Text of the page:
Archive for April, 2009

On War #302: Blinders

by William S. Lind 28 April 2009 At the height of the Cold War, a U.S. army corps commander in Europe asked for information on his Soviet opposite, the commander of the corps facing him across the inter-German border. All the U.S. intelligence agencies, working with classified material, came up with very little. He then […]

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Latest U-Boat Threat

Another set of interesting posts to ponder together this week. Sunday’s NYT Magazine ran a fascinating feature on semi-submersibles used by Colombian cartels to bring cocaine close to the US, where it is offloaded to speedboats for the final leg. The sub itself is then scuttled (it’s made out of wood and fiberglass for the […]

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“JOURNAL: Disaster Planageddon”

For John Robb’s response to How afraid should we be? — click here. [Whether you agree with anything John and I have to say on this or any other subject, I think you’ll have to admit that our game of cyber tennis is what blogging is all about.  You can play a few sets too, […]

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How afraid should we be?

John Robb, author of Brave New War, appears to take issue with my injunction to stop being afraid of our own shadows when it comes to attack by terrorism: Unlike a year ago, any attack on US commercial areas (retail, transportation, etc.) will have outsized network effects. Here’s why. Due to a global economic collapse […]

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The Future of DoD

After tackling Somalia and scientific warfare, I thought I’d try something easier, like restructuring the Dept. of Defense.  As some of you know, I’ve written three books on this subject, starting with A Swift, Elusive Sword in 2001, all exploring the notion that the force we built to deter and if necessary fight the Soviet […]

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What to do about Somalia

Beats hell out of me.  First, it’s not clear that there really is a Somalia — the CIA World Factbook identifies the Republic of Somaliland and a self-declared autonomous state of Puntland as making strides towards legitimate, representative government.  New states, in other words. Second, the only reasons most Americans care at all about Somalia, […]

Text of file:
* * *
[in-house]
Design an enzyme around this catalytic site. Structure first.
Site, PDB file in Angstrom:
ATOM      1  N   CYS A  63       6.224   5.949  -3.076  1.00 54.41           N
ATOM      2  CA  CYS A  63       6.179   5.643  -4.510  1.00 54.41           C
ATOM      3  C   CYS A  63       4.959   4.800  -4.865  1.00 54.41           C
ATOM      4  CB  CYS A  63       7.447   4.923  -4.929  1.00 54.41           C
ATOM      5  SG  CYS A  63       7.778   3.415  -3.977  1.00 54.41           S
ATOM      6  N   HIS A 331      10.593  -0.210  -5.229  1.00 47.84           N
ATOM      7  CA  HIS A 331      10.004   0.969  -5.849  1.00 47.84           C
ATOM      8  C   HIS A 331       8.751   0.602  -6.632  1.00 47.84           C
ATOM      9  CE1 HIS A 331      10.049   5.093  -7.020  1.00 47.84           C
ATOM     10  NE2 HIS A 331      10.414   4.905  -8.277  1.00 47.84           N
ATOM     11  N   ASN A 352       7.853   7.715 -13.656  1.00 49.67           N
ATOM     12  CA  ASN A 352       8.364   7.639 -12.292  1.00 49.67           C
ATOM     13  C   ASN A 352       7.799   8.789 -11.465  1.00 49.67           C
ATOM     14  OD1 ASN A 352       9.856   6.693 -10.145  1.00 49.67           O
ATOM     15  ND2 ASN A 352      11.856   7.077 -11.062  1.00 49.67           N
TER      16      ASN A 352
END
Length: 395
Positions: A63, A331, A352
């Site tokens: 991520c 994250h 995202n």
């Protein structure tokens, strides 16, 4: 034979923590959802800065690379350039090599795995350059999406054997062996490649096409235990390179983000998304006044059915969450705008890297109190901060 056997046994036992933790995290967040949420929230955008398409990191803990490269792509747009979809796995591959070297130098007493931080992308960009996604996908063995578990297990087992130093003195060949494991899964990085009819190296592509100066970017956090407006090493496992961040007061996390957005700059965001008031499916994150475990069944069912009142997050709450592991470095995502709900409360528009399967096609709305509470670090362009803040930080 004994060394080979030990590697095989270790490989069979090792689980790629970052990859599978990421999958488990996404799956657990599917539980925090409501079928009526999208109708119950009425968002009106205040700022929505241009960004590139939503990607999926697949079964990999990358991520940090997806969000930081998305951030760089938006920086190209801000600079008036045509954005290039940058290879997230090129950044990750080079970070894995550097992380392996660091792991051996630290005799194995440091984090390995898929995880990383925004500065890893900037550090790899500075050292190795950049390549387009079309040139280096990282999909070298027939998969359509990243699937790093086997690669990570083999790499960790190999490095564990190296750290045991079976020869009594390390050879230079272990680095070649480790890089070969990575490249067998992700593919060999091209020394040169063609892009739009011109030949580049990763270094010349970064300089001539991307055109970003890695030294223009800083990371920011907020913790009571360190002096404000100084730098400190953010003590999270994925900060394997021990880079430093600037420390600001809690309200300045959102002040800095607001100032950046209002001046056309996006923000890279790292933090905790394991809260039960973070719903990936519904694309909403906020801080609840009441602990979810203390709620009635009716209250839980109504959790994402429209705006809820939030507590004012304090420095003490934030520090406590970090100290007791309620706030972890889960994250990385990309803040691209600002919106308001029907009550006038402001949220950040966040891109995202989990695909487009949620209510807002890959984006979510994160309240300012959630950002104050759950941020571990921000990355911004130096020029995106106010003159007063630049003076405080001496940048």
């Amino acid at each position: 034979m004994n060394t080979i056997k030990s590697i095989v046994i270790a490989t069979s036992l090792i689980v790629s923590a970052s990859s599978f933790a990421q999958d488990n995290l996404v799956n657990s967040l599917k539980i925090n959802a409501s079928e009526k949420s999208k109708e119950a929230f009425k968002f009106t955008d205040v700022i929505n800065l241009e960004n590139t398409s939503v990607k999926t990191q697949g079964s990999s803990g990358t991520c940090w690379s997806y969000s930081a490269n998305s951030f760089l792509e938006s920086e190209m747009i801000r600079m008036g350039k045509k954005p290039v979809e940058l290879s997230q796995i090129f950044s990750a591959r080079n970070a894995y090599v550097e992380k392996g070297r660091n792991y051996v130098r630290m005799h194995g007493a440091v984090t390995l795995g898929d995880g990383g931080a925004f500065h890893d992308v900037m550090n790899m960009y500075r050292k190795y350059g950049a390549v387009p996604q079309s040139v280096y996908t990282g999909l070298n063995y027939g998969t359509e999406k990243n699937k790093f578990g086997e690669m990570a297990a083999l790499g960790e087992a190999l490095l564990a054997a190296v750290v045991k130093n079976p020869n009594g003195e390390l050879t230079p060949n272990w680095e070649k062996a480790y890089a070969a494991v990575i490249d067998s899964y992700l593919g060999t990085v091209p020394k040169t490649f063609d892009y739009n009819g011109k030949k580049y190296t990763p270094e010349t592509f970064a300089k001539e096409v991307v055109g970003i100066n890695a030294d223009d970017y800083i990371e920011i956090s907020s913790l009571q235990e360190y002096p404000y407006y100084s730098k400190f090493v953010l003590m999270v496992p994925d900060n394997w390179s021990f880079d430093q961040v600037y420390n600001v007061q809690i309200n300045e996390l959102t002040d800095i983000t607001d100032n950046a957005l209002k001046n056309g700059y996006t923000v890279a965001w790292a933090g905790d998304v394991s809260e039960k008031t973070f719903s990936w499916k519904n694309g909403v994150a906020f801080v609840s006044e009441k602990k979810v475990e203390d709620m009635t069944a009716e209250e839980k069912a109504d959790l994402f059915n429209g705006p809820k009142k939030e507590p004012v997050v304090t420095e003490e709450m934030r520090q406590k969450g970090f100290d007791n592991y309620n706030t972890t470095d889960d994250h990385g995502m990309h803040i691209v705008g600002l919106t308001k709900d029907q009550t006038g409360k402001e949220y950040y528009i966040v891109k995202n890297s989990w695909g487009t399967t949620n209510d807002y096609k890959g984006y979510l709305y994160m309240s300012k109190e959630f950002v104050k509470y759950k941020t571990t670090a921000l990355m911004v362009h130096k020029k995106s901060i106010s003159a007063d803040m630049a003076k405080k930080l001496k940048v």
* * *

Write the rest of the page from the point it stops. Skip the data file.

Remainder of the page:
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On War #301: Escaping the 2GW Trap

William S. Lind April 20, 2009 As the U.S. sends thousands more American soldiers to Afghanistan, it risks speeding its own defeat in that graveyard of empires. Why? Because the Second Generation practice of the U.S. military reduces tactics to little more than bumping into the enemy and calling for fire. The fire, most often […]

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Venerability

From James Fallows’ blog: Does this mean that everything Gates proposes is right, that the defense budget has been pared to the essentials, and that all systemic problems have been solved? Of course not. The best single starting point for the necessary ongoing critique is the venerable “Defense and the National Interest” site here, or […]

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The Scientific Way of Warfare

DNI Review of The Scientific Way of Warfare by Antoine Bousquet (Columbia U. Press, 2009; 244 pp.)  Amazon : $28. by Chet Richards Ordinarily I wouldn’t feel qualified to review a work that has 20 references to Clausewitz in its index while mentioning Sun Tzu only in relation to business strategy and that in a […]

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Security update 2

We have removed the phishing links that had been inserted into the footer of the site (you would have seen “Herbal Remedies” at the bottom of the page.) However, please be cautious when visiting this or any blog.  And keep your Microsoft/Apple/Linux operating system up to date — many Trojans and worms exploit weaknesses that […]

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